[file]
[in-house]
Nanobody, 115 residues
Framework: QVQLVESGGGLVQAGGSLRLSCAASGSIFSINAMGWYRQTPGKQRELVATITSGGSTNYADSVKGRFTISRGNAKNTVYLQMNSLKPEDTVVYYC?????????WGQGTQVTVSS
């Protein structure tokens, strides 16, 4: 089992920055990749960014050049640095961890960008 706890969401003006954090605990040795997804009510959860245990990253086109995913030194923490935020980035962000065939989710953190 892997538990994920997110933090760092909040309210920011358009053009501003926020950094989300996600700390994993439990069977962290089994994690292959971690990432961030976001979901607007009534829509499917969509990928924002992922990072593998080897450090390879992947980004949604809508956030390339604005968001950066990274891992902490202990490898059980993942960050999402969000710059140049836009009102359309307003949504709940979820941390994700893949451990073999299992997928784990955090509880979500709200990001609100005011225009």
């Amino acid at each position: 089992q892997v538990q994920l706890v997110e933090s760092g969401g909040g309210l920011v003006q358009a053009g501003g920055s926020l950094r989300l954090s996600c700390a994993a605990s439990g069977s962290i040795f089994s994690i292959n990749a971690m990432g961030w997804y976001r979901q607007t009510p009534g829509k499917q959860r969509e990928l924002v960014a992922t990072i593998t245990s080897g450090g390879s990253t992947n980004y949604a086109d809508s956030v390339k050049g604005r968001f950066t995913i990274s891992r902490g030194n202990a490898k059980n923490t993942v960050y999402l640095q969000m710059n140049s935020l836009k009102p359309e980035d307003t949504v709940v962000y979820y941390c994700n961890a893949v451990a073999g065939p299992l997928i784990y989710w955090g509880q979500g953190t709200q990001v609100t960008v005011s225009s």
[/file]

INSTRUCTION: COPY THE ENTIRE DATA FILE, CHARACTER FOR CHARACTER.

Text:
[in-house]
Nanobody, 115 residues
Framework: QVQLVESGGGLVQAGGSLRLSCAASGSIFSINAMGWYRQTPGKQRELVATITSGGSTNYADSVKGRFTISRGNAKNTVYLQMNSLKPEDTVVYYC?????????WGQGTQVTVSS
């Protein structure tokens, strides 16, 4: 089992920055990749960014050049640095961890960008 706890969401003006954090605990040795997804009510959860245990990253086109995913030194923490935020980035962000065939989710953190 892997538990994920997110933090760092909040309210920011358009053009501003926020950094989300996600700390994993439990069977962290089994994690292959971690990432961030976001979901607007009534829509499917969509990928924002992922990072593998080897450090390879992947980004949604809508956030390339604005968001950066990274891992902490202990490898059980993942960050999402969000710059140049836009009102359309307003949504709940979820941390994700893949451990073999299992997928784990955090509880979500709200990001609100005011225009």
């Amino acid at each position: 089992q892997v538990q994920l706890v997110e933090s760092g969401g909040g309210l920011v003006q358009a053009g501003g920055s926020l950094r989300l954090s996600c700390a994993a605990s439990g069977s962290i040795f089994s994690i292959n990749a971690m990432g961030w997804y976001r979901q607007t009510p009534g829509k499917q959860r969509e990928l924002v960014a992922t990072i593998t245990s080897g450090g390879s990253t992947n980004y949604a086109d809508s956030v390339k050049g604005r968001f950066t995913i990274s891992r902490g030194n202990a490898k059980n923490t993942v960050y999402l640095q969000m710059n140049s935020l836009k009102p359309e980035d307003t949504v709940v962000y979820y941390c994700n961890a893949v451990a073999g065939p299992l997928i784990y989710w955090g509880q979500g953190t709200q990001v609100t960008v005011s225009s």